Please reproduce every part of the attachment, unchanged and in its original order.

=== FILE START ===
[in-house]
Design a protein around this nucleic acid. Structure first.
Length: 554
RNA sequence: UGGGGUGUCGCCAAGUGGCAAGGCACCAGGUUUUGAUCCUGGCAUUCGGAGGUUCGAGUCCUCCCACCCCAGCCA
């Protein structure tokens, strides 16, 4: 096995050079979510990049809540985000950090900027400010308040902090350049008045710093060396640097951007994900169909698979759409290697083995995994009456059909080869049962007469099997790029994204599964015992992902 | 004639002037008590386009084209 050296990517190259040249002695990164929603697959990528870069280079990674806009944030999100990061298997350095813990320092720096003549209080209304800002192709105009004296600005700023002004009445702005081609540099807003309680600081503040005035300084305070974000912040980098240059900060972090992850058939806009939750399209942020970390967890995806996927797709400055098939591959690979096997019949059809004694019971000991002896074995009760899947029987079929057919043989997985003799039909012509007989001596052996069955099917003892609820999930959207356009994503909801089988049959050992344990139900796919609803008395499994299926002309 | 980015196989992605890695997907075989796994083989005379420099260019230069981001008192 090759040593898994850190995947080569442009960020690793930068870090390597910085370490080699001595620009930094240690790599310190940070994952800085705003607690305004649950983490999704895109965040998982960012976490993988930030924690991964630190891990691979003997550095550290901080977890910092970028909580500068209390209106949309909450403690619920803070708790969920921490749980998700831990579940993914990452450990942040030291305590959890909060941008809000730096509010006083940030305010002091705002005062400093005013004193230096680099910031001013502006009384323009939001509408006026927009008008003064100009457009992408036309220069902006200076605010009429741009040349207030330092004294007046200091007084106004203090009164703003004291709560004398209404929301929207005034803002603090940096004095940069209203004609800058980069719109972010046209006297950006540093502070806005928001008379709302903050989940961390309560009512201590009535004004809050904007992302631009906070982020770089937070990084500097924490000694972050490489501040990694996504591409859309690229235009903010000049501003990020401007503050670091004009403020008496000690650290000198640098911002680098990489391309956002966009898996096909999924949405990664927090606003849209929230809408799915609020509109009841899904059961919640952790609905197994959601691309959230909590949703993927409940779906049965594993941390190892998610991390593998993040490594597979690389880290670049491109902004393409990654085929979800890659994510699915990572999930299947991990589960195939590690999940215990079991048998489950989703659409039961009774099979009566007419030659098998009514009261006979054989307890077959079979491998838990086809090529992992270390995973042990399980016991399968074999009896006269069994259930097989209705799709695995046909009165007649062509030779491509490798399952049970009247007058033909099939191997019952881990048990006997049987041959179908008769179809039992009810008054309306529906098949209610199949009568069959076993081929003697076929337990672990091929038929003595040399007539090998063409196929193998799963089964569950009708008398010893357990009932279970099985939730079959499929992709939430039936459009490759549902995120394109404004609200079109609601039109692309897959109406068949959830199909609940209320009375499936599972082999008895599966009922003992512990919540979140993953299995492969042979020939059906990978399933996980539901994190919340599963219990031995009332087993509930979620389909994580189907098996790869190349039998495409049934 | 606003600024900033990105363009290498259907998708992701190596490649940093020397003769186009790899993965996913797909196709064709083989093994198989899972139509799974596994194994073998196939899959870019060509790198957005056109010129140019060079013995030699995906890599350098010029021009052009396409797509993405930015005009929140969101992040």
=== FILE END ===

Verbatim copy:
[in-house]
Design a protein around this nucleic acid. Structure first.
Length: 554
RNA sequence: UGGGGUGUCGCCAAGUGGCAAGGCACCAGGUUUUGAUCCUGGCAUUCGGAGGUUCGAGUCCUCCCACCCCAGCCA
């Protein structure tokens, strides 16, 4: 096995050079979510990049809540985000950090900027400010308040902090350049008045710093060396640097951007994900169909698979759409290697083995995994009456059909080869049962007469099997790029994204599964015992992902 | 004639002037008590386009084209 050296990517190259040249002695990164929603697959990528870069280079990674806009944030999100990061298997350095813990320092720096003549209080209304800002192709105009004296600005700023002004009445702005081609540099807003309680600081503040005035300084305070974000912040980098240059900060972090992850058939806009939750399209942020970390967890995806996927797709400055098939591959690979096997019949059809004694019971000991002896074995009760899947029987079929057919043989997985003799039909012509007989001596052996069955099917003892609820999930959207356009994503909801089988049959050992344990139900796919609803008395499994299926002309 | 980015196989992605890695997907075989796994083989005379420099260019230069981001008192 090759040593898994850190995947080569442009960020690793930068870090390597910085370490080699001595620009930094240690790599310190940070994952800085705003607690305004649950983490999704895109965040998982960012976490993988930030924690991964630190891990691979003997550095550290901080977890910092970028909580500068209390209106949309909450403690619920803070708790969920921490749980998700831990579940993914990452450990942040030291305590959890909060941008809000730096509010006083940030305010002091705002005062400093005013004193230096680099910031001013502006009384323009939001509408006026927009008008003064100009457009992408036309220069902006200076605010009429741009040349207030330092004294007046200091007084106004203090009164703003004291709560004398209404929301929207005034803002603090940096004095940069209203004609800058980069719109972010046209006297950006540093502070806005928001008379709302903050989940961390309560009512201590009535004004809050904007992302631009906070982020770089937070990084500097924490000694972050490489501040990694996504591409859309690229235009903010000049501003990020401007503050670091004009403020008496000690650290000198640098911002680098990489391309956002966009898996096909999924949405990664927090606003849209929230809408799915609020509109009841899904059961919640952790609905197994959601691309959230909590949703993927409940779906049965594993941390190892998610991390593998993040490594597979690389880290670049491109902004393409990654085929979800890659994510699915990572999930299947991990589960195939590690999940215990079991048998489950989703659409039961009774099979009566007419030659098998009514009261006979054989307890077959079979491998838990086809090529992992270390995973042990399980016991399968074999009896006269069994259930097989209705799709695995046909009165007649062509030779491509490798399952049970009247007058033909099939191997019952881990048990006997049987041959179908008769179809039992009810008054309306529906098949209610199949009568069959076993081929003697076929337990672990091929038929003595040399007539090998063409196929193998799963089964569950009708008398010893357990009932279970099985939730079959499929992709939430039936459009490759549902995120394109404004609200079109609601039109692309897959109406068949959830199909609940209320009375499936599972082999008895599966009922003992512990919540979140993953299995492969042979020939059906990978399933996980539901994190919340599963219990031995009332087993509930979620389909994580189907098996790869190349039998495409049934 | 606003600024900033990105363009290498259907998708992701190596490649940093020397003769186009790899993965996913797909196709064709083989093994198989899972139509799974596994194994073998196939899959870019060509790198957005056109010129140019060079013995030699995906890599350098010029021009052009396409797509993405930015005009929140969101992040």